ZITA COBB, AKA THE PRODIGAL DAUGHTER
CAUSE: Pioneering socially responsible luxury with a contemporary edge, by reimagining the hotel as a conduit for social enterprise, human connection and artistic expression.
ICONS: Fogo Island Inn and Fogo Island Arts, officially owned by the Shorefast Foundation
MOTTO: “We are more ourselves when we have figured out how to be in a relationship with the other. Business can help us do that. Business has helped us do that.”
“I think that the big question that lives in all of our lives is, ‘how do we belong to the world?’”
Things get existential pretty quickly when you’re talking to Zita Cobb. The founder of the Shorefast Foundation is not your average hotelier, in the same way that the property owned by it, Fogo Island Inn, is not your average hotel.
As a native Fogo Islander who resettled on the island (off the coast of Newfoundland) following a successful career as CFO of a technology company, ideas around return and identity are a natural preoccupation for Cobb. Her Inn is not just a hotel, but also a physical representation of this “big question” about how to belong. It is a place that attempts to resolve modern tensions between self and other; culture and nature; and business and life.
“I think most contemporary travellers are trying to get away from the kind of reductive materialism and hyper-real, seductive societies we’ve built for ourselves,” Cobb reflects. “We’re not looking for distraction any more: we’re actually looking for wholeness and for deeper engagement.”
Travel has always been both an escape and a journey – except today, we are escaping from “the great age of separation, a world that is increasingly siloed” and journeying into our innermost selves. Referencing the concept of ‘Zerressenheit’ – eloquently translated by philosopher William James as “torn-to-pieces-ness” – Cobb states, “Why do people travel? We all have some memory of some time in our life when the world felt whole: it felt right. And then you get torn to pieces…I think when people come to the island, they feel given back to themselves in a very powerful way.”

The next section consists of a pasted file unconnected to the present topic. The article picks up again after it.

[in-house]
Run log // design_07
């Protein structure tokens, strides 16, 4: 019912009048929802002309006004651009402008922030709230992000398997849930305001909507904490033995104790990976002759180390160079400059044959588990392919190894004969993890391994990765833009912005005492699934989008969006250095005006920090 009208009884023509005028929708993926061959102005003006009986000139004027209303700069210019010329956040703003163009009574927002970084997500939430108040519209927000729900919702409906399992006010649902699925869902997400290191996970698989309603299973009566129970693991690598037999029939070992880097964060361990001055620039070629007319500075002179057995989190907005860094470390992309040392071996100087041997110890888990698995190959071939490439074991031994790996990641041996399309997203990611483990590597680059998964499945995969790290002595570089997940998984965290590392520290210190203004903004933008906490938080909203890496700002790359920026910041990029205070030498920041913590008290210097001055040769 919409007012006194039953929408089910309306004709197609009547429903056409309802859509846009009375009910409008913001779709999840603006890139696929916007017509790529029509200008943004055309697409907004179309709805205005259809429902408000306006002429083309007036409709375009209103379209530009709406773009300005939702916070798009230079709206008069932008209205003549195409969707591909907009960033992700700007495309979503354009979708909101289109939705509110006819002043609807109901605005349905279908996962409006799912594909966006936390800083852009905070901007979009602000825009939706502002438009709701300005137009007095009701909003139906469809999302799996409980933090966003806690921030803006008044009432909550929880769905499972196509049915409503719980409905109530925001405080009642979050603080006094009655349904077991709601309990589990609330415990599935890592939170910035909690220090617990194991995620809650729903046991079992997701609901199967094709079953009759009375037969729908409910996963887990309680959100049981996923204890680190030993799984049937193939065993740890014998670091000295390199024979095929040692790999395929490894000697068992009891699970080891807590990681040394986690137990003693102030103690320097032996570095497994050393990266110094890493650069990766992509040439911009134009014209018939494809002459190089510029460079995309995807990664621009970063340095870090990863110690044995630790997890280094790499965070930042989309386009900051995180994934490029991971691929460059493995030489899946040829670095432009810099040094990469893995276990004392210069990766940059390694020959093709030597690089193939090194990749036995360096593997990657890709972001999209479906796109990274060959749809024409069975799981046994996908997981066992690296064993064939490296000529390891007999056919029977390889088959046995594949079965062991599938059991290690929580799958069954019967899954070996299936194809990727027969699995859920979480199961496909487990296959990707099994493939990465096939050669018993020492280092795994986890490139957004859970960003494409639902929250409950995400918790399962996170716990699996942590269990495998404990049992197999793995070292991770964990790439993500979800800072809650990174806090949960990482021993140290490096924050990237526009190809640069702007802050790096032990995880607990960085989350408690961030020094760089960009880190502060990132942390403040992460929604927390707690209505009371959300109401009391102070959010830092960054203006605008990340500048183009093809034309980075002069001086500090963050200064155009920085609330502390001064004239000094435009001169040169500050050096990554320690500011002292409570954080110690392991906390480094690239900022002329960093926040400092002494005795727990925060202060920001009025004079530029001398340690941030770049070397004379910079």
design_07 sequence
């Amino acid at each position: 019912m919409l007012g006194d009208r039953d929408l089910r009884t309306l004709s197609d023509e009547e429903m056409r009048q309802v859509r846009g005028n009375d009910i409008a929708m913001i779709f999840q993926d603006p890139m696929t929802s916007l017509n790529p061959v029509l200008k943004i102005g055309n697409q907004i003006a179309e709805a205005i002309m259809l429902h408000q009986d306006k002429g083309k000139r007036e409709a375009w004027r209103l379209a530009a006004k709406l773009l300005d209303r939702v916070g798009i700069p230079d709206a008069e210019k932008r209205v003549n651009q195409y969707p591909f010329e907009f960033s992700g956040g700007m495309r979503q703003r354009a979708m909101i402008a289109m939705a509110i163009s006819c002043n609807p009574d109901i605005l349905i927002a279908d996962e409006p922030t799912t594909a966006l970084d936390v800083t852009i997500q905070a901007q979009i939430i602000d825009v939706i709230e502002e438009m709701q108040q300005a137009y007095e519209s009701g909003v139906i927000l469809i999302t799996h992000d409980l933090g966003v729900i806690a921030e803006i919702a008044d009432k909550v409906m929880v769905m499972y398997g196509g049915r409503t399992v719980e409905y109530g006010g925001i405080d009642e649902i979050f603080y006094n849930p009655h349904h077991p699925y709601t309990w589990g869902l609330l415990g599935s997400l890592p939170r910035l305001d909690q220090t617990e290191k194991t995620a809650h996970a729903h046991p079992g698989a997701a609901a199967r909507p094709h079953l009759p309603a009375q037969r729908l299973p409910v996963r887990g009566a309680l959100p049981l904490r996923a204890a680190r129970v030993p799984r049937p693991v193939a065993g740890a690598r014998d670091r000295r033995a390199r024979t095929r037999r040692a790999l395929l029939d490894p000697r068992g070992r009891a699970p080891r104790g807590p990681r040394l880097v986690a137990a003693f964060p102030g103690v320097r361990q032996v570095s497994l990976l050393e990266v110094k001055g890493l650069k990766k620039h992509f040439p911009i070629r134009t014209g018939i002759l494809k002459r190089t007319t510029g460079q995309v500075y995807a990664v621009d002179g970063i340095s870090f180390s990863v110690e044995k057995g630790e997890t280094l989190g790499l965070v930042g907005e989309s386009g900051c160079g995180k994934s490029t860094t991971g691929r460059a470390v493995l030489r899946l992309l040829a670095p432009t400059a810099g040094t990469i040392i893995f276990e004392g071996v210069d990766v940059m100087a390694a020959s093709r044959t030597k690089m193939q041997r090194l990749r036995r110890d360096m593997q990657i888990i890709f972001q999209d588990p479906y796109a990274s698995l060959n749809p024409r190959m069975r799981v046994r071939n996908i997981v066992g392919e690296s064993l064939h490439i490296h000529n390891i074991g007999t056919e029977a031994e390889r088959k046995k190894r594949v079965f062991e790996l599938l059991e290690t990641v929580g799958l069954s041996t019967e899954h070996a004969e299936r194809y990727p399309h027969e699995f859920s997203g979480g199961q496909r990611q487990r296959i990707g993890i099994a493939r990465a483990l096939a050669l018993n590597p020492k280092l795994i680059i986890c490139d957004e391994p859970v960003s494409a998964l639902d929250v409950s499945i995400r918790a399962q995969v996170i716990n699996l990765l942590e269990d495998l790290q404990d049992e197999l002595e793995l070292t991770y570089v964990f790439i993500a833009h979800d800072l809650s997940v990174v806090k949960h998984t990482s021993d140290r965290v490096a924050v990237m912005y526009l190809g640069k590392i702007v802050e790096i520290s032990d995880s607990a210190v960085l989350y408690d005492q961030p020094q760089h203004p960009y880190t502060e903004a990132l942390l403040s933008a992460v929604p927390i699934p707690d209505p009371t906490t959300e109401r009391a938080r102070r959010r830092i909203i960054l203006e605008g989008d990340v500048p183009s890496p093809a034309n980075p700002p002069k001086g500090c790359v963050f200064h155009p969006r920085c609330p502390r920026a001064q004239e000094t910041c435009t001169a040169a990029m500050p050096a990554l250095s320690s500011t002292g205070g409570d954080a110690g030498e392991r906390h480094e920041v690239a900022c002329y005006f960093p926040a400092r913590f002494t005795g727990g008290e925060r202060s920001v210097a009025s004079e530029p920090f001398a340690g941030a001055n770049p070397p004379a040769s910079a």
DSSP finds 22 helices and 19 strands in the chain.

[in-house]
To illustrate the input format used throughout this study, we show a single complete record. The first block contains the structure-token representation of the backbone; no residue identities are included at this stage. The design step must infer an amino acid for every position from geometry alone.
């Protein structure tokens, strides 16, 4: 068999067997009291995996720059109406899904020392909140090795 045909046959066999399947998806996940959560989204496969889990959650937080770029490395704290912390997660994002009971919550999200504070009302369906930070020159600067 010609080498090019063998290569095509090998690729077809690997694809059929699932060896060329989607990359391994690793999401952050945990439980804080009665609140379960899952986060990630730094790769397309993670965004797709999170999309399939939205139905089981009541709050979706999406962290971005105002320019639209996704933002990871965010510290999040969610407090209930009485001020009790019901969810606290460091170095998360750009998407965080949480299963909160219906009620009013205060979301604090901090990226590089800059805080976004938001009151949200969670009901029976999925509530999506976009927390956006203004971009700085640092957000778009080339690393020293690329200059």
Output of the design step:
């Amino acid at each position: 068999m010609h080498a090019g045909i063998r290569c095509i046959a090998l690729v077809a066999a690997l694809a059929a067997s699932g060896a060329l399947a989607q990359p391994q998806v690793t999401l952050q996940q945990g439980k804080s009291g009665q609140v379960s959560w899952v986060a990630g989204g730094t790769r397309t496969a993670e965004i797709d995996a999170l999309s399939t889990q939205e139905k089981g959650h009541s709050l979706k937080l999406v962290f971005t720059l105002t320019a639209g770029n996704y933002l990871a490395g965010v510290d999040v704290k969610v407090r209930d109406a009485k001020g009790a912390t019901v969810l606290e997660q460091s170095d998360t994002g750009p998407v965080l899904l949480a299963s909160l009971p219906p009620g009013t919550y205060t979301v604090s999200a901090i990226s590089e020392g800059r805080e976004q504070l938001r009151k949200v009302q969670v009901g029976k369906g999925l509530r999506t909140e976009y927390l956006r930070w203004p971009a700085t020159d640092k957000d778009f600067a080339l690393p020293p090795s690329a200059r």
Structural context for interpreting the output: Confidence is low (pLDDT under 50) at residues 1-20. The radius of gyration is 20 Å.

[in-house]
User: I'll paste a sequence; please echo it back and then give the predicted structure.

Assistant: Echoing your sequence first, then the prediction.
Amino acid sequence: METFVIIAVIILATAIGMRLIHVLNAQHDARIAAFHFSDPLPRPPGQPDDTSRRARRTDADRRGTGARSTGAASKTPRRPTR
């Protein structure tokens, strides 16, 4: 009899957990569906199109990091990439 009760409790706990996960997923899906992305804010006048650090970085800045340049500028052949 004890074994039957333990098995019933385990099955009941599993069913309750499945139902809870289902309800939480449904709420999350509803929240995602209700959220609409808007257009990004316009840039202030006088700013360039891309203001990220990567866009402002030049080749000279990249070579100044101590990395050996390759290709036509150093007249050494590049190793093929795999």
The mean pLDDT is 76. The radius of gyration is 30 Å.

Part of this return to the self is engendered by the raw, untamed interactions with nature that a visit to Fogo Island entails – or as Cobb puts it, being “immersed in the really powerful and utterly uncontrollable gestures of life”, whether that means encountering a herd of caribou or standing on the edge of the Atlantic Ocean. Wilderness offers an “essentialising” respite from the capitalist ideology of perfection and acquisition that leaves us inert, anxious and uninspired; as Cobb theorises, “The hyper-real society kills creativity. The creative traveller is looking for a world where everything isn’t packaged and served up to them, because there’s no room for imagination in that.”
This stands in contrast to the ‘bucket list’ approach to travel, which disturbs Cobb – “Why would I interrupt this delicious place that’s so hard to get to in myself to be tweeting or Instagramming?” – in that it removes travellers from the daily conflict between their digital and actual selves and allows them to “have a relationship with time” and place. “It kind of lets you give up some of your shit…it confronts you in your own nonsense about whatever our society has become a little obsessed with.”
What makes Fogo Island Inn truly unique, however, is the way in which this determined philosophy is integrated into its business and operational aspects. It exists under the umbrella of the Shorefast Foundation, a registered charity set up by Cobb and her brother that uses “business-minded ways to achieve social ends”. The Foundation also comprises Fogo Island Arts, an artists-in-residence project including a smattering of standalone studios within easy reach of the Inn; and Fogo Island Shop, where an international high-end clientele can purchase designs made to order by Islanders.